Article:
Only three decades ago, amid what was hailed as a new “Springtime of Nations,” post–Cold War exuberance fueled widespread confidence in the triumphant spread of liberal democracy and free-market capitalism to all parts of the globe, including those few remaining redoubts of “truly existing socialism,” with their fusty politburos and dysfunctional command economies. The brutal 1989 Tiananmen Square crackdown notwithstanding, even the People’s Republic of China was thought to be on the road to democracy thanks to its earlier adoption of a hybrid form of capitalism with “Chinese characteristics.” Though not alone in predicting that the opening up of China’s economy would lead to the liberalization of its politics and society, the editorial pages of the Wall Street Journal were among the louder cheerleaders for that optimistic line of economic determinism. If only they had been right. Among the disappointments of more recent years has been the sight of China not only backsliding but, in some respects, becoming more resolutely authoritarian, with Xi Jinping exercising the kind of strongman rule not seen since the days of Mao Zedong. Similarly, economic liberalization did nothing to prevent Vladimir Putin’s construction of his “power vertical” and his gradual dismantling of anything but nominal (or “managed”) democracy.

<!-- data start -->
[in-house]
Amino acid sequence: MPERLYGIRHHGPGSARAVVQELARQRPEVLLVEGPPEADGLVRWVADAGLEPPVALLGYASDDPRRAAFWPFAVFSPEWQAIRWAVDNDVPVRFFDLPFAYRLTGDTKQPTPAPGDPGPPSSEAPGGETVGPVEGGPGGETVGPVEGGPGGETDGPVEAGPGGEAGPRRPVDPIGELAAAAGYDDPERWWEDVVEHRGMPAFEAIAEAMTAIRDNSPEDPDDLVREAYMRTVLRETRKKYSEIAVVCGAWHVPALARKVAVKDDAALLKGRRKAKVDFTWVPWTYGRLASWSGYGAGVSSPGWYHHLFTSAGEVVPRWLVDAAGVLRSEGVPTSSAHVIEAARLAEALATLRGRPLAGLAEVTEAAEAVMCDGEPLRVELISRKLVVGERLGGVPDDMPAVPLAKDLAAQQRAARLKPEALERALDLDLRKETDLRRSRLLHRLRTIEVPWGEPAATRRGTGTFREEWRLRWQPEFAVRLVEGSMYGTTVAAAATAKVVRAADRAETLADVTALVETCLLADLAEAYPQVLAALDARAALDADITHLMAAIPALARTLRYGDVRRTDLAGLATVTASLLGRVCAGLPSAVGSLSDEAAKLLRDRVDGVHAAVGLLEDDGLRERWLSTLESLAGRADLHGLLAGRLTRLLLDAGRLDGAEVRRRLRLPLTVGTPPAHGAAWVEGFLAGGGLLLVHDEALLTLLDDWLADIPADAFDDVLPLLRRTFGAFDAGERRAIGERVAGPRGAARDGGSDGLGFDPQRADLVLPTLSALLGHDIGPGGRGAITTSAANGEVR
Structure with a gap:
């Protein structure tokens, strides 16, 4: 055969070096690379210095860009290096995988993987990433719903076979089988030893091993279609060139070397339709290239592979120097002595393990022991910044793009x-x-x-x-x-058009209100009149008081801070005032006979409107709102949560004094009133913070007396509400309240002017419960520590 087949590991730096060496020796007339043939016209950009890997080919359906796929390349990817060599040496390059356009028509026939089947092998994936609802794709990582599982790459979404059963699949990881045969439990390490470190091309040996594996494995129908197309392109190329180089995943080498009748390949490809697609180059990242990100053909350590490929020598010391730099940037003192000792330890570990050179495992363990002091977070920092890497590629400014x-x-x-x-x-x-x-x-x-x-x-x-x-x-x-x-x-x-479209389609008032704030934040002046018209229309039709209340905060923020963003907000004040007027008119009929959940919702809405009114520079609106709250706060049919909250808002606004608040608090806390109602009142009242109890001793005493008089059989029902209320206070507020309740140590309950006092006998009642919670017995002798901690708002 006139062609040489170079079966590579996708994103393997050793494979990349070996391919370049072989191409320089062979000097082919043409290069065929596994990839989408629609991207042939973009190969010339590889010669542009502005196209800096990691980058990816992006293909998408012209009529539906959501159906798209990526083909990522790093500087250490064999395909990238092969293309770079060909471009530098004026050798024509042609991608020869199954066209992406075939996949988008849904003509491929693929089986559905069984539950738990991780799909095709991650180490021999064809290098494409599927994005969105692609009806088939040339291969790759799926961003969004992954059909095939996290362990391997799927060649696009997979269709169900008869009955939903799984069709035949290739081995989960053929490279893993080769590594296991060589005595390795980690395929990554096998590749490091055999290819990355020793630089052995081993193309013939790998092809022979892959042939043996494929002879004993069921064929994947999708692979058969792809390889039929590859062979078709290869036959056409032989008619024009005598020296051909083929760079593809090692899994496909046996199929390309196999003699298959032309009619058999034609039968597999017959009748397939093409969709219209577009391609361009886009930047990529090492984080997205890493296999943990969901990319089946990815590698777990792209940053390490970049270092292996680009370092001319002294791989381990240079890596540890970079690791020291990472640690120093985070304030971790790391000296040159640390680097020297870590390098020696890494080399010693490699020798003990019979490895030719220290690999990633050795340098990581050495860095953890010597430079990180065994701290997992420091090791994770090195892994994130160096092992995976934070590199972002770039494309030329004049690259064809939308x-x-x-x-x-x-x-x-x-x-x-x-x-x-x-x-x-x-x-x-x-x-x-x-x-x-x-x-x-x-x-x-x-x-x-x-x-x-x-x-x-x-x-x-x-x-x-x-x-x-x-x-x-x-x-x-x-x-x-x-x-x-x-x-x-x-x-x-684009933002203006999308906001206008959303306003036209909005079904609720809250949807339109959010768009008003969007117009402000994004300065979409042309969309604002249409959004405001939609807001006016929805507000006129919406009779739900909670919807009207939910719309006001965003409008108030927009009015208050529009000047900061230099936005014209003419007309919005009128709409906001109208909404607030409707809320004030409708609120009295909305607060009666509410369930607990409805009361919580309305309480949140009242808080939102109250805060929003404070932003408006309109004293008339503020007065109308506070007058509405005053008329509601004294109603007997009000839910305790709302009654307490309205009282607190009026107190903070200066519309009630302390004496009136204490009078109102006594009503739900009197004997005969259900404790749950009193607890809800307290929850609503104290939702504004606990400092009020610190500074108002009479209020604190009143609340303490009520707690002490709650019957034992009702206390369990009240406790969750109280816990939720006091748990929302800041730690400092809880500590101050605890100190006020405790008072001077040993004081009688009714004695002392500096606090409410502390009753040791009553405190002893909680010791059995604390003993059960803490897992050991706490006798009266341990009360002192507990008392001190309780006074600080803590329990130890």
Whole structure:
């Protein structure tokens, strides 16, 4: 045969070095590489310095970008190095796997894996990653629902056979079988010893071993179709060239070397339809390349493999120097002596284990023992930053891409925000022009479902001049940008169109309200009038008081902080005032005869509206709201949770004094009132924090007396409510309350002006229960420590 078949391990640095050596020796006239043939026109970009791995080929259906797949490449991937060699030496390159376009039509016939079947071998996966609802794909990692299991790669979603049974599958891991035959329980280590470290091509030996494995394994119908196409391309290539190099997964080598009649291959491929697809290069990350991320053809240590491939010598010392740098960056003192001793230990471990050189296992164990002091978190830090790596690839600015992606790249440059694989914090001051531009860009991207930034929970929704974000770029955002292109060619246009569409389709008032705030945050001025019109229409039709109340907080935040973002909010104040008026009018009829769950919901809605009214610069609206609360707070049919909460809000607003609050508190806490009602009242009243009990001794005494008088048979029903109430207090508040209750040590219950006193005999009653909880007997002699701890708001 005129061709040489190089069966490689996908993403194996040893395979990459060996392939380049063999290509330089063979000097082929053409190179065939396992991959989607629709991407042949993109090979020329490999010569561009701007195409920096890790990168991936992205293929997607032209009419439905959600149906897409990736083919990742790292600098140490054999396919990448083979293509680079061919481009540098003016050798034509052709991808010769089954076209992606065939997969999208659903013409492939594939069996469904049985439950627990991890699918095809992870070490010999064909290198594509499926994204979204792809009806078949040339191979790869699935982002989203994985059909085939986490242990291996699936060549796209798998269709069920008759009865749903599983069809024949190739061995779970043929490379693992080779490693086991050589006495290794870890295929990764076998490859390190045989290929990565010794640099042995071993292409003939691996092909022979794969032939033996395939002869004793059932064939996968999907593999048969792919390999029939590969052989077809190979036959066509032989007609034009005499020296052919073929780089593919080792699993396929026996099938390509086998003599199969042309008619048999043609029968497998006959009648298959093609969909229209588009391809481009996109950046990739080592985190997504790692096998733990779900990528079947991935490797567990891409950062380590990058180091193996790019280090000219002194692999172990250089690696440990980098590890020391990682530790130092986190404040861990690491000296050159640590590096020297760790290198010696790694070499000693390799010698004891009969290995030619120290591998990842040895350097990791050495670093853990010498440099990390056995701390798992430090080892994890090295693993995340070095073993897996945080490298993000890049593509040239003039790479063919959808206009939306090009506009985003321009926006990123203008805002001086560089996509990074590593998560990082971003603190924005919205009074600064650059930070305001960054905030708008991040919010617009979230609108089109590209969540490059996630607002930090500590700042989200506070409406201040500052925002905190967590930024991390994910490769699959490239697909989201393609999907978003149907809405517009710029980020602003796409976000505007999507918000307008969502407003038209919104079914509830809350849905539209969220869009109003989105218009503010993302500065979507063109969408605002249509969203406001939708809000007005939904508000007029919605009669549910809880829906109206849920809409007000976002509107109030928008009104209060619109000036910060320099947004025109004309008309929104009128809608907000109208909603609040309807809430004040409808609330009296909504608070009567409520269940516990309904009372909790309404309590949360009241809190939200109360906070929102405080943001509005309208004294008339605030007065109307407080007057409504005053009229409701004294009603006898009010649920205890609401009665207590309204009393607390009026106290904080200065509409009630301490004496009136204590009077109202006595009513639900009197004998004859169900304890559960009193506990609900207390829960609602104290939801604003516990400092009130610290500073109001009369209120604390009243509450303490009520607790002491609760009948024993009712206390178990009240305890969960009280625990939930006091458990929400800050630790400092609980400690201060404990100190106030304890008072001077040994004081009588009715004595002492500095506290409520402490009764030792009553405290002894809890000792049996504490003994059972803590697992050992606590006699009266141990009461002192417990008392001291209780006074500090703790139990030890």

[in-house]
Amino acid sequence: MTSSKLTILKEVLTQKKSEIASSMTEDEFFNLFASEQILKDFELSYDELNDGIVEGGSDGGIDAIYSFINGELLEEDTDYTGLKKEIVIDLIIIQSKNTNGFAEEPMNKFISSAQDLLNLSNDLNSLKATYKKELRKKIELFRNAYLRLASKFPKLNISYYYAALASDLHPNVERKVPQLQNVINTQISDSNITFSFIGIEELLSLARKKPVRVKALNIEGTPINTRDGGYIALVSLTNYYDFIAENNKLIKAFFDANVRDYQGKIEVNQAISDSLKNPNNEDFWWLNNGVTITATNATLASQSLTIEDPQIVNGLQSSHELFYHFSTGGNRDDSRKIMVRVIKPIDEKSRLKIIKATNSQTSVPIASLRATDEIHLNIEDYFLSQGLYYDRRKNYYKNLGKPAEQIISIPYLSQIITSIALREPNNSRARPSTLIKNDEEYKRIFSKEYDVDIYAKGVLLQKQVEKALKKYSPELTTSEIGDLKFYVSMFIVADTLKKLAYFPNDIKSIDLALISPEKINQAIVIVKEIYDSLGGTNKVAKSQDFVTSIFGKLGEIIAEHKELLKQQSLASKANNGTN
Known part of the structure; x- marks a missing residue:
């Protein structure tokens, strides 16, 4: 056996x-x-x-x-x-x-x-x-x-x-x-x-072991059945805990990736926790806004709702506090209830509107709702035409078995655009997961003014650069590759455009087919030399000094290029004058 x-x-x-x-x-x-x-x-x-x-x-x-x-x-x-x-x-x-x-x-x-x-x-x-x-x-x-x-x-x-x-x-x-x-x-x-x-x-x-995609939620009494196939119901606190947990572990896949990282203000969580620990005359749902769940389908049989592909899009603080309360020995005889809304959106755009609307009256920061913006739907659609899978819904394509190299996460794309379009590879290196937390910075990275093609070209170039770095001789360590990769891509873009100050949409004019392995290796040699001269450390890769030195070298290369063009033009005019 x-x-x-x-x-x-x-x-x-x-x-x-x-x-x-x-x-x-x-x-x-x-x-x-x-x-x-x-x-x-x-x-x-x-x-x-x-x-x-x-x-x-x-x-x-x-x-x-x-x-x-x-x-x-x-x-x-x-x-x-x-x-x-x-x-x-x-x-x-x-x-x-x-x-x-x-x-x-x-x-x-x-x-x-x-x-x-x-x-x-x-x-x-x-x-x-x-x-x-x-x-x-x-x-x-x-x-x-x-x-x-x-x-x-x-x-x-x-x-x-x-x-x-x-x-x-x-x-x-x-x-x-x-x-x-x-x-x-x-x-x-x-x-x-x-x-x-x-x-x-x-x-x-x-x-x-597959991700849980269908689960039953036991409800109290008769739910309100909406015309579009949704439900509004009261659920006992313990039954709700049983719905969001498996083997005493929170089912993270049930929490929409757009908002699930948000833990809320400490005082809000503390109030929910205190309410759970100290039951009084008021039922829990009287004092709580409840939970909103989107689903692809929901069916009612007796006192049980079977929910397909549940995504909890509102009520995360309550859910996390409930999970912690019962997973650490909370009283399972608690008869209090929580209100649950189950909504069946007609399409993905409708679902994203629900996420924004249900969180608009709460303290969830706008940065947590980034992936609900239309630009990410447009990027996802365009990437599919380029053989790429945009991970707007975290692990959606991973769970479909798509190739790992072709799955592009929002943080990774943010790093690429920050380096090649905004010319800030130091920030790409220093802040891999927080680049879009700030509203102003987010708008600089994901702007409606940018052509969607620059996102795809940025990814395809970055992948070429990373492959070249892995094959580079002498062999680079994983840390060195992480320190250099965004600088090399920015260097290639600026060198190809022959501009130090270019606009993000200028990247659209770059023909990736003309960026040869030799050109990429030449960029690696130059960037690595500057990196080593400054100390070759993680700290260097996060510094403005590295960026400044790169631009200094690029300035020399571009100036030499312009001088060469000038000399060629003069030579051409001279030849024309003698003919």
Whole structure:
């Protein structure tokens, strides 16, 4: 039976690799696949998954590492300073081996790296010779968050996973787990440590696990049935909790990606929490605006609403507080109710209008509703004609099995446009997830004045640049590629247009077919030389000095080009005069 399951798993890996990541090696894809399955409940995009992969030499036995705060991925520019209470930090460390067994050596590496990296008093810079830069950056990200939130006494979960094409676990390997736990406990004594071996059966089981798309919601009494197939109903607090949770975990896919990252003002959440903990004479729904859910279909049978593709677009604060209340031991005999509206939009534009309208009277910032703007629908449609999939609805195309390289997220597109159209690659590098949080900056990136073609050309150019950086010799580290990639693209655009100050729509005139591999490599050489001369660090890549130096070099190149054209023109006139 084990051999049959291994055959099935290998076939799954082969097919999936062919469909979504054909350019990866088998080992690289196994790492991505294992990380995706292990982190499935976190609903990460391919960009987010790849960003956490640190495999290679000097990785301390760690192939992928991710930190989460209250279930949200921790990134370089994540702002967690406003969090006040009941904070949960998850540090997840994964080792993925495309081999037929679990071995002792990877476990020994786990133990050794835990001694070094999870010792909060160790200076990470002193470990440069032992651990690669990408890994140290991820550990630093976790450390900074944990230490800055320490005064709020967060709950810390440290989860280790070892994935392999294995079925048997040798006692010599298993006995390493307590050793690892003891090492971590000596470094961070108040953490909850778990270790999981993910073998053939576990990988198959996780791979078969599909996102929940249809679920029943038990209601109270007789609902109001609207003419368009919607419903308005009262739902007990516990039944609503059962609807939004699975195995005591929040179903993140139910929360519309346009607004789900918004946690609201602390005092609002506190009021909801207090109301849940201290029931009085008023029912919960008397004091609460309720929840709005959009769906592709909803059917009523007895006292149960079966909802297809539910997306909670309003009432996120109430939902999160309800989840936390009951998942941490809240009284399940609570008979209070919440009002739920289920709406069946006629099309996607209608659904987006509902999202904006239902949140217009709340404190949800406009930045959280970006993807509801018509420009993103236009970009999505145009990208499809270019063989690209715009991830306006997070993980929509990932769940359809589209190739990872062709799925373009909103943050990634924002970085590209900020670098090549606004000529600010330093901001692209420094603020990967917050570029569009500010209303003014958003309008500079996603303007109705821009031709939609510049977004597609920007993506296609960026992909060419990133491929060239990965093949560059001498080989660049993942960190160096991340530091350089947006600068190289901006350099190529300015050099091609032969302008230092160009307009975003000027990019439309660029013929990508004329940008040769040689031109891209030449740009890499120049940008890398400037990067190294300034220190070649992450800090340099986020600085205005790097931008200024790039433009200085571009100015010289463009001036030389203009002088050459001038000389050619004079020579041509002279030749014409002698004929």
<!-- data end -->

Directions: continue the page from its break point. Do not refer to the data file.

But the temptations and perils of putting economics first are certainly not limited to our last, disappointing round of “end of history” forecasting. The lineage of thinking that places economics at the determinative center of both our individual and collective lives extends to the foundations of the modern liberal tradition. In the second of his Two Treatises of Government, first published in 1689, John Locke memorably enshrined property (or “estate”) as the third inalienable right, after life and liberty. Much scholarly ink has been spilled over why Thomas Jefferson changed it to “the pursuit of happiness” in the Declaration of Independence, though Locke himself had used the phrase in his Essay Concerning Human Understanding, which appeared in the same year as Two Treatises. At the very least, though, it is clear that those early modern thinkers believed that “property” was essential to any meaningful pursuit of happiness. For his part, Adam Smith, a moral philosopher even more than a political economist, believed that the pursuit of self-interest through free exchange built virtuous character, as long as self-interest, distinguished from selfishness, was properly understood as being consistent with justice. In Smith’s view, private property and the free exchange of goods and services secured not only individual liberty but a just social order and a flourishing nation.